Frying Your Crab Rangoons
Frying your crab rangoons is really easy! When you seal your rangoons, make sure that you seal them tightly. As the rangoons heat up, they can leak filling into the oil. This fries the cream cheese/crab and creates a big mess in the bottom of your wok.
Once you make sure that your rangoons are sealed tightly, it’s time to heat up the oil. I chose to fry my rangoons in my wok, but you can use whatever pot you prefer. I used sunflower oil as my frying oil of choice, because it’s very low maintenance to fry with.
Typically, I use one rangoon as a tester with my oil. The oil should start to bubble around the rangoon as soon as it hits the oil. Then it should fry for about 2-3 minutes on each side. If your oil doesn’t start to bubble the minute your wonton hits the surface, it’s not hot enough.
Can You Reheat Crab Rangoons?
Absolutely. If you want to reheat them, I would recommend baking them. Simply microwaving them will make the wonton a little soggy, which takes away from the beautiful texture of this dish.
Baking the rangoons means that they will crisp up again!
Can you Freeze Crab Rangoons?
If you want to make your crab rangoons ahead of time, I would recommend making the filling and assembling the rangoons and then freezing them before you fry them. Then, when it comes time to eat the dish, you’ll need to remove them from the freezer, thaw them, and then fry them.
Once the wontons are cooked and crisped, you’ll want to eat them right away as that is when they are most delicious. Freezing the finished product would unnecessarily detract from the deliciousness of the final dish, as they wouldn’t be as crispy once thawed.
Freezing the dish before frying is definitely the way to go.
Thanks for reading my post on the history of Chinese American food and crab rangoons. If you liked this recipe, make sure to check out my other recipes for:
- Boolawnee (Leek dumplings)
- Chinese Steamed Pork Buns
- Chinese Egg Roll
- Chinese Sweet and Sour Sauce
- Instant Pot Chicken Fried Rice
Crab Rangoons Recipe
- Medium Bowl
- Rubber Spatula or Spoon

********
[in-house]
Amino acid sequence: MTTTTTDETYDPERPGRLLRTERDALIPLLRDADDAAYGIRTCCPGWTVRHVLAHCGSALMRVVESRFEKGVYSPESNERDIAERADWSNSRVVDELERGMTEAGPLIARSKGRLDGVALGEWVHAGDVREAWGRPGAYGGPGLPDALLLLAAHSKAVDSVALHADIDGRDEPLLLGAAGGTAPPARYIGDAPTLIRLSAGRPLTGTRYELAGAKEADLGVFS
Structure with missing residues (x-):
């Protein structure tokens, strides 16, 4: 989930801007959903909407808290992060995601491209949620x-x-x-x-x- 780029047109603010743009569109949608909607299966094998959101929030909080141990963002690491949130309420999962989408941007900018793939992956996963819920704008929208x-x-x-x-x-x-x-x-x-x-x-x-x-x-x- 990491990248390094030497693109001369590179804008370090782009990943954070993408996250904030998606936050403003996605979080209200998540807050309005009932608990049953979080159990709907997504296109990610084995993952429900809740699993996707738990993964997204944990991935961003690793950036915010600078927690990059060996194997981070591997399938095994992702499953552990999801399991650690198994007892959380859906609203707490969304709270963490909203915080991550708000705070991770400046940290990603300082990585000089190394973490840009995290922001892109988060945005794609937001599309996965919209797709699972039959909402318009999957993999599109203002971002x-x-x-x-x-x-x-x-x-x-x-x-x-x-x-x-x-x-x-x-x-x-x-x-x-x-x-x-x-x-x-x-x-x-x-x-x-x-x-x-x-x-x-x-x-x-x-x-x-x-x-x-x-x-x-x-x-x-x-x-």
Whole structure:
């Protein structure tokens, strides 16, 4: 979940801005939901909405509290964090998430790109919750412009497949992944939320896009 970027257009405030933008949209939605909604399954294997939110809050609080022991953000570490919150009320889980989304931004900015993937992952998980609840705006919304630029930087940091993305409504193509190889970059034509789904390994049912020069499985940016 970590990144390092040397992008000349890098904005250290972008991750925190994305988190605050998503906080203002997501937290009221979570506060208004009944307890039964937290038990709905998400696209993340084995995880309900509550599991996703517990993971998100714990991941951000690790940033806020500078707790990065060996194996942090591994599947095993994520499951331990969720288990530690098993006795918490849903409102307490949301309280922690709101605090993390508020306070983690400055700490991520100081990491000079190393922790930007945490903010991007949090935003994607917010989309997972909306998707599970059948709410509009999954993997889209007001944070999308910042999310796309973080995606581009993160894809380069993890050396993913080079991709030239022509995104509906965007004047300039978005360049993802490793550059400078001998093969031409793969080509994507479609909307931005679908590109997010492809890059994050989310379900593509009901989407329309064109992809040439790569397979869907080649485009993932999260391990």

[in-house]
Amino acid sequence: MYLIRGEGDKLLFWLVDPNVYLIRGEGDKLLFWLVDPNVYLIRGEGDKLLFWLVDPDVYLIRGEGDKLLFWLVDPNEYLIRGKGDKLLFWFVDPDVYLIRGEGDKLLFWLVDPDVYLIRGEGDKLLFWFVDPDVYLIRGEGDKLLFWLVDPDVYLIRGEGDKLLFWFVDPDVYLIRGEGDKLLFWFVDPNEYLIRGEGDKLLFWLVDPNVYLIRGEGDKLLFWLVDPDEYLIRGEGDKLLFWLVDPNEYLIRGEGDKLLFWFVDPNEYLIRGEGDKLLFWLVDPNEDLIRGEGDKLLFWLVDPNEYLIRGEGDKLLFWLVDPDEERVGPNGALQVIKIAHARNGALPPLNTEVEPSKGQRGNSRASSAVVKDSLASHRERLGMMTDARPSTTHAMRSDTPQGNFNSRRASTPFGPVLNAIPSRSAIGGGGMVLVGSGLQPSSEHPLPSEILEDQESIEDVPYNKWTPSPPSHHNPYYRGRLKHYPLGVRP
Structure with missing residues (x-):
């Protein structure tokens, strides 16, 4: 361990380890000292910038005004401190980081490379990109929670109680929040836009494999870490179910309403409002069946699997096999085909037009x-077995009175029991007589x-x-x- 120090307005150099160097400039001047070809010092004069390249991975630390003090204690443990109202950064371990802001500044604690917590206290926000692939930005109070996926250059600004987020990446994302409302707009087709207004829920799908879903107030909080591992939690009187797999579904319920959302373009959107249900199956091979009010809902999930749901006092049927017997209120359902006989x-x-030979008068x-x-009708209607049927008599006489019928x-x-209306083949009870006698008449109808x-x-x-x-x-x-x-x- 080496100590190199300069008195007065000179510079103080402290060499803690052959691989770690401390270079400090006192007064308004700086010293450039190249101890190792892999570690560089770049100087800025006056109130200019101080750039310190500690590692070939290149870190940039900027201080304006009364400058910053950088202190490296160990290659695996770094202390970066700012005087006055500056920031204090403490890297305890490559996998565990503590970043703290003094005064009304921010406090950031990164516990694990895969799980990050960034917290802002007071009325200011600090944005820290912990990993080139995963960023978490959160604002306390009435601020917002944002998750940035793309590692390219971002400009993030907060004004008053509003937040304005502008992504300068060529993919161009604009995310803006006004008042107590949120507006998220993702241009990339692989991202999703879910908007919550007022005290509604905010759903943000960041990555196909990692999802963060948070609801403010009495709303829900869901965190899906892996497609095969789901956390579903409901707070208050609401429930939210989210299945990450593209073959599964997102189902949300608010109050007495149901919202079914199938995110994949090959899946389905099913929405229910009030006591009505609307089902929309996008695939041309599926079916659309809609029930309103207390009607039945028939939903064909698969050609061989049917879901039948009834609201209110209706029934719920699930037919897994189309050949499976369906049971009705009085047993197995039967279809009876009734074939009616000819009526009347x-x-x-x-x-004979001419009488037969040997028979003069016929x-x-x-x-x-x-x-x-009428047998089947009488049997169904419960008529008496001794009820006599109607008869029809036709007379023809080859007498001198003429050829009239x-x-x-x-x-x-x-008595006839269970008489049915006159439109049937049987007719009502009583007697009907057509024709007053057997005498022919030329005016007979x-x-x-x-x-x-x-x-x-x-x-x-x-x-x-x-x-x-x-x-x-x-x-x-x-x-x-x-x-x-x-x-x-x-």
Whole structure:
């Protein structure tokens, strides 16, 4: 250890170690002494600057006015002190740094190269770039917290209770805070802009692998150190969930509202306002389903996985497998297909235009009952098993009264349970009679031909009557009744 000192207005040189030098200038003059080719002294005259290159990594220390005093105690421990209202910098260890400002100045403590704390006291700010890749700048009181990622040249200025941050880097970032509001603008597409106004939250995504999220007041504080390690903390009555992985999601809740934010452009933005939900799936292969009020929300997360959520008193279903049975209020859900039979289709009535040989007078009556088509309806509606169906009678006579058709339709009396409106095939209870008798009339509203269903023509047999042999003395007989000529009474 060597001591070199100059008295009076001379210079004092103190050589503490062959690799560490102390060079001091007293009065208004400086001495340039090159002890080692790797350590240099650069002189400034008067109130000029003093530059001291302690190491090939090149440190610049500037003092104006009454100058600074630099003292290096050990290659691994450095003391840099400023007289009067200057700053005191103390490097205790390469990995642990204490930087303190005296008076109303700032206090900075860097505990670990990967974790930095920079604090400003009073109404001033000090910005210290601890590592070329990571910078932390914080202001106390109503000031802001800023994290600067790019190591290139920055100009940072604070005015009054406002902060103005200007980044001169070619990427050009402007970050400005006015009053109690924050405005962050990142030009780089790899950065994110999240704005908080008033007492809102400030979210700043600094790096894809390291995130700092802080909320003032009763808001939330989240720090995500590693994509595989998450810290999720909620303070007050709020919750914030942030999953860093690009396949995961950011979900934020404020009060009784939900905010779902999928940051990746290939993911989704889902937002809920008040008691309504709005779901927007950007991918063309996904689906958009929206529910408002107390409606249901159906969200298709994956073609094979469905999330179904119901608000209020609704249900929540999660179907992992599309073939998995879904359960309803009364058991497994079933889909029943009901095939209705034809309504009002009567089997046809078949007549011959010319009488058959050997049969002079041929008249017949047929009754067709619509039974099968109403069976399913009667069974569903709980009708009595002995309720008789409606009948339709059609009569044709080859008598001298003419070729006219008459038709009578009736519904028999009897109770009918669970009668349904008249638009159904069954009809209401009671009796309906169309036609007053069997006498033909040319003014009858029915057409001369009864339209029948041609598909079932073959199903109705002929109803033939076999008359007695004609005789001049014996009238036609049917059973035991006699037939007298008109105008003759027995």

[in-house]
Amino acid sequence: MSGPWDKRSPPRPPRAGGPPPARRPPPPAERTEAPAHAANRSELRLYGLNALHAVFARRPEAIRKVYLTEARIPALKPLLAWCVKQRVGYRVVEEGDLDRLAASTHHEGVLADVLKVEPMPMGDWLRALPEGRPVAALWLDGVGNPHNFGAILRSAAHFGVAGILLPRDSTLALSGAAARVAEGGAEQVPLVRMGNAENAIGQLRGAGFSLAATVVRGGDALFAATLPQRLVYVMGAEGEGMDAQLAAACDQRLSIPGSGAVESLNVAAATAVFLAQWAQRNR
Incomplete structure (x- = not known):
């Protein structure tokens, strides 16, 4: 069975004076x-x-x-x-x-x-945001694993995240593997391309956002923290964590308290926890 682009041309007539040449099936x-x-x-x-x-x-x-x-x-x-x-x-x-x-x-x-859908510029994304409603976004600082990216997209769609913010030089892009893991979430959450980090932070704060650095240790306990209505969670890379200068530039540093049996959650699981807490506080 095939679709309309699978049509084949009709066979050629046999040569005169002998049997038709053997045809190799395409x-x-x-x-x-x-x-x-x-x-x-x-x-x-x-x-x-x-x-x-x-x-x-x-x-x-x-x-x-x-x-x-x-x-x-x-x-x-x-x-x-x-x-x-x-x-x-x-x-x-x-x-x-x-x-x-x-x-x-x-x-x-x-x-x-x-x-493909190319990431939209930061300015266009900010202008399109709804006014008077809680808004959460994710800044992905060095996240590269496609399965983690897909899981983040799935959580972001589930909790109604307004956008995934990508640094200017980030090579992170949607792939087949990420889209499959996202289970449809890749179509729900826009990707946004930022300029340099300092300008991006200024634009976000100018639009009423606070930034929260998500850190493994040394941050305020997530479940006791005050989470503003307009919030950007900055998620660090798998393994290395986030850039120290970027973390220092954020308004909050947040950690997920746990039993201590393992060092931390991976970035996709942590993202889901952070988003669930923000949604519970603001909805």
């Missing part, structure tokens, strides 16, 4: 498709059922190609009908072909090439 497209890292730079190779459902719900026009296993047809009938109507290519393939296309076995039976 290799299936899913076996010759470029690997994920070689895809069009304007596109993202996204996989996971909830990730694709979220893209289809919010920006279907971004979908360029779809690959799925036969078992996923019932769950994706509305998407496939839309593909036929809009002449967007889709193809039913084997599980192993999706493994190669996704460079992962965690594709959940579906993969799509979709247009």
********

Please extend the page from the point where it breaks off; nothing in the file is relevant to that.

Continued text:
- Medium Frying Pan
- 16 oz cream cheese, softened
- 8 oz crab meat
- 4 scallions, chopped
- 2/3 teaspoon salt
- 1/3 teaspoon garlic powder
- 1/4 teaspoon onion powder
- 1 egg
- 1 package of wonton wrappers, thawed
- Vegetable Oil for frying
- In a large bowl, use an electric mixer to mix your 16 oz cream cheese until it can be easily stirred. Then pour in the 8 oz crab meat, 4 scallions, 2/3 teaspoon salt, 1/3 teaspoon garlic powder, and 1/4 teaspoon onion powder. Use a spoon to mix until combined.
- Crack an egg in a small bowl, and use a fork to whisk it.
- Place a wonton wrapper in front of you, with one corner pointed away from you and one pointed towards you. Fill the middle of the wonton wrapped with about 1 tsp cream cheese filling.
- Dip your finger in the whisked egg and brush the edges of the wonton with an egg wash.
- Fold the bottom corner of the wonton up to meet the top corner, folding your wonton into the triangle. Then fold in the two bottom corners of the triangle to attach at the back of the wonton. Use egg wash to hold each folded corner in place.
- Heat the oil in a wok or frying pan, deep enough where the wontons will not touch the bottom. Once the oil has heated up to 325 degrees Fahrenheit, fry the rangoons for about 3 minutes on each side or until they are browned on both sides.
- Remove the rangoons from the oil and place on a paper towel-lined plate to remove any excess oil. Enjoy!
- Cream Cheese: Full fat, softened to room temperature
- Crab Meat: I use a package of claw crabmeat. You can use imitation crab meat if you prefer.
- Wonton Wrappers: These are different than egg roll or spring roll wrappers.
- Oil: For frying. I like using vegetable oil.
- Crab Rangoons are delicious when served with Sweet and Sour Sauce. Make sure to have some on hand!
- Make sure that the wonton wrappers are sealed well. Any cream cheese leaking into the oil can cause dangerous splattering.
- Look for wonton wrappers in the fridge or freezer section of your grocery store. I normally go to my local Asian grocery store to buy them.
- Some wonton wrapper brands fry/brown a lot faster than other brands. Make sure to keep an eye on your wrappers to make sure they brown but do not burn.